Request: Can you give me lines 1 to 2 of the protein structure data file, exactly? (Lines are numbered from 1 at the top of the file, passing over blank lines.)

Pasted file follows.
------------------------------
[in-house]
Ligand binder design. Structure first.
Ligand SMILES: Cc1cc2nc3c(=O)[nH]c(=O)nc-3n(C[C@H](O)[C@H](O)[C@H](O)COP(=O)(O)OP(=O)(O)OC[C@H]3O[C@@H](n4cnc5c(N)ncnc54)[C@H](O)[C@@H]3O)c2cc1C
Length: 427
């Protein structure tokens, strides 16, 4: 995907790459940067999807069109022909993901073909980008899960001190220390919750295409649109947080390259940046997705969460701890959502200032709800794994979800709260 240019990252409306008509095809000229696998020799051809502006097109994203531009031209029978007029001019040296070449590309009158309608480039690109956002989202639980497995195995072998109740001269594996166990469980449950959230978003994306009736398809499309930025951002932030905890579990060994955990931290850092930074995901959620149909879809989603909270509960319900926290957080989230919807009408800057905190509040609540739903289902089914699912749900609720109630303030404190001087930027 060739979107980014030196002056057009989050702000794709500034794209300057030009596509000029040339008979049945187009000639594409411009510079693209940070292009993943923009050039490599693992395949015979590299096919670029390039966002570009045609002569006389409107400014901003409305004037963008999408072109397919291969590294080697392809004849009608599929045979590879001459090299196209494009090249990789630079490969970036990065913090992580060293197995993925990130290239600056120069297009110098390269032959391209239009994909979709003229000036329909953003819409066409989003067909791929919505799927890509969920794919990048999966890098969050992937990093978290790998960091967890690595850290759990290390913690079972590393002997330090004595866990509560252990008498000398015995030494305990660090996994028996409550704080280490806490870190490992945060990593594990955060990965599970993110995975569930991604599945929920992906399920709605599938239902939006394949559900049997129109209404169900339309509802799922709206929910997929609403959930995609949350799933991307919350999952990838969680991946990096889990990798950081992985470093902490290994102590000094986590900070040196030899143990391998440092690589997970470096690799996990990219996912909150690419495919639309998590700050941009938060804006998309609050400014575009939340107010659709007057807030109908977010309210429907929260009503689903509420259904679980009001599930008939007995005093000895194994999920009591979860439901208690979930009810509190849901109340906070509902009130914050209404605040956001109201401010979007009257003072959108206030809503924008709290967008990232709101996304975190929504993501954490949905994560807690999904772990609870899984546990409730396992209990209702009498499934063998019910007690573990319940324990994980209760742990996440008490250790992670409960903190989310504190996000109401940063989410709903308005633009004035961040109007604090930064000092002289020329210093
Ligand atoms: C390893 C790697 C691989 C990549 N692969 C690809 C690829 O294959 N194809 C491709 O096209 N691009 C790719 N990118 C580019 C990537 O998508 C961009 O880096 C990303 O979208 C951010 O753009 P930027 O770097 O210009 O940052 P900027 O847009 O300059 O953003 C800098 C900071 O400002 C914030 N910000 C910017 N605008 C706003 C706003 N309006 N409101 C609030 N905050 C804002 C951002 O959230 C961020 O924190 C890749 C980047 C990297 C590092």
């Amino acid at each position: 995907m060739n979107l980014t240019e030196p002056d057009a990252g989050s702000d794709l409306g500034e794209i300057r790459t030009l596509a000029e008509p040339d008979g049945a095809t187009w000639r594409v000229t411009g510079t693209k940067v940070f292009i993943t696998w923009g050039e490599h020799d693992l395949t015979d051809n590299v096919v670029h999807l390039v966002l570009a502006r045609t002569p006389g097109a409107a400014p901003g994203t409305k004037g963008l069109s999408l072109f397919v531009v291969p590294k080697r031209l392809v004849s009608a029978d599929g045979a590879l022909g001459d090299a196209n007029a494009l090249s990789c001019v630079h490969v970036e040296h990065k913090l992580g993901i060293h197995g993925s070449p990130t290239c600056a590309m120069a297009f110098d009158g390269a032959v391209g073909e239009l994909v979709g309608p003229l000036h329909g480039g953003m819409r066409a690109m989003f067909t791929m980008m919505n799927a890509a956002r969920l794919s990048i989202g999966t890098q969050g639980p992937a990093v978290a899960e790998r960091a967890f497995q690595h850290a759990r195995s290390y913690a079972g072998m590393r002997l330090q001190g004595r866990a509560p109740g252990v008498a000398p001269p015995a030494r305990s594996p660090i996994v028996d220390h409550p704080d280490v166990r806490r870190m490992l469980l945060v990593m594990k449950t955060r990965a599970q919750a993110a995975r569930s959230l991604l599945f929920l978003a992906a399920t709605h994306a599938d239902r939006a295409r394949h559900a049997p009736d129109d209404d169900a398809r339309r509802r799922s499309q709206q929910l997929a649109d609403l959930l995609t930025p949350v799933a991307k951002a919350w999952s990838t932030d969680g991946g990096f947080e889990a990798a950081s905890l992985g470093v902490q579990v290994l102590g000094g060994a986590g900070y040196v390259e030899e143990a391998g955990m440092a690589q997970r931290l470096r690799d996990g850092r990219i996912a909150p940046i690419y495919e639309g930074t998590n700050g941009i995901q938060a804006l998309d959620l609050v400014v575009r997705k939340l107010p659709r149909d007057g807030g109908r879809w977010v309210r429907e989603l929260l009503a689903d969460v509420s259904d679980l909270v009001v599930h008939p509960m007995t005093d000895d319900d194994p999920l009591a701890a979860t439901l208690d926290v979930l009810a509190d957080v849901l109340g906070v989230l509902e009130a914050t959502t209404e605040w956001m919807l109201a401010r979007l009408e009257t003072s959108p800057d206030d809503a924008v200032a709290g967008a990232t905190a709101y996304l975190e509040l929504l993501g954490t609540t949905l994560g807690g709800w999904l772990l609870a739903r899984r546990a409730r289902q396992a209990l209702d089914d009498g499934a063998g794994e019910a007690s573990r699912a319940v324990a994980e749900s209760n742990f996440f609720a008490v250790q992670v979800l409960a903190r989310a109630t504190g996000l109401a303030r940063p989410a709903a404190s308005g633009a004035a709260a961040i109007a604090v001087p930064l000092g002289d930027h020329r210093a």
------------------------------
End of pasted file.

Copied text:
[in-house]
Ligand binder design. Structure first.